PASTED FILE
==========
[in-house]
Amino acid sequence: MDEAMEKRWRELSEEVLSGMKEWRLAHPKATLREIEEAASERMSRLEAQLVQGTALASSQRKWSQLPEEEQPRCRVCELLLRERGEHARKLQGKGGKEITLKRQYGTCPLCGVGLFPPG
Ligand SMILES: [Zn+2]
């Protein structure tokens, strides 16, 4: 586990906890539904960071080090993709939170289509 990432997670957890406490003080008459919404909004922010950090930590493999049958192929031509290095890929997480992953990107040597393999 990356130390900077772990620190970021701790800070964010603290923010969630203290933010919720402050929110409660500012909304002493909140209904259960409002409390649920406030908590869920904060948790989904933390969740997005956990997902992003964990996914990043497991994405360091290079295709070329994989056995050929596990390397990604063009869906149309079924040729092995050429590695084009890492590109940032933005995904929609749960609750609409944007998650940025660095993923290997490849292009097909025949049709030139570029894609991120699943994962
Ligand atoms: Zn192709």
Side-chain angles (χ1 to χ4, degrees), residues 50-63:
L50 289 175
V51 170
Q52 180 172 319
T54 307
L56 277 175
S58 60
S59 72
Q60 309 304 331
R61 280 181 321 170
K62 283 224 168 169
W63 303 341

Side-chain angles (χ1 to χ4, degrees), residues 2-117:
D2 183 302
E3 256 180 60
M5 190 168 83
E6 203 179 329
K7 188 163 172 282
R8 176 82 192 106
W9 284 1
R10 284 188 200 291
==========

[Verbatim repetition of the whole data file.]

[in-house]
Amino acid sequence: MDEAMEKRWRELSEEVLSGMKEWRLAHPKATLREIEEAASERMSRLEAQLVQGTALASSQRKWSQLPEEEQPRCRVCELLLRERGEHARKLQGKGGKEITLKRQYGTCPLCGVGLFPPG
Ligand SMILES: [Zn+2]
């Protein structure tokens, strides 16, 4: 586990906890539904960071080090993709939170289509 990432997670957890406490003080008459919404909004922010950090930590493999049958192929031509290095890929997480992953990107040597393999 990356130390900077772990620190970021701790800070964010603290923010969630203290933010919720402050929110409660500012909304002493909140209904259960409002409390649920406030908590869920904060948790989904933390969740997005956990997902992003964990996914990043497991994405360091290079295709070329994989056995050929596990390397990604063009869906149309079924040729092995050429590695084009890492590109940032933005995904929609749960609750609409944007998650940025660095993923290997490849292009097909025949049709030139570029894609991120699943994962
Ligand atoms: Zn192709």
Side-chain angles (χ1 to χ4, degrees), residues 50-63:
L50 289 175
V51 170
Q52 180 172 319
T54 307
L56 277 175
S58 60
S59 72
Q60 309 304 331
R61 280 181 321 170
K62 283 224 168 169
W63 303 341

Side-chain angles (χ1 to χ4, degrees), residues 2-117:
D2 183 302
E3 256 180 60
M5 190 168 83
E6 203 179 329
K7 188 163 172 282
R8 176 82 192 106
W9 284 1
R10 284 188 200 291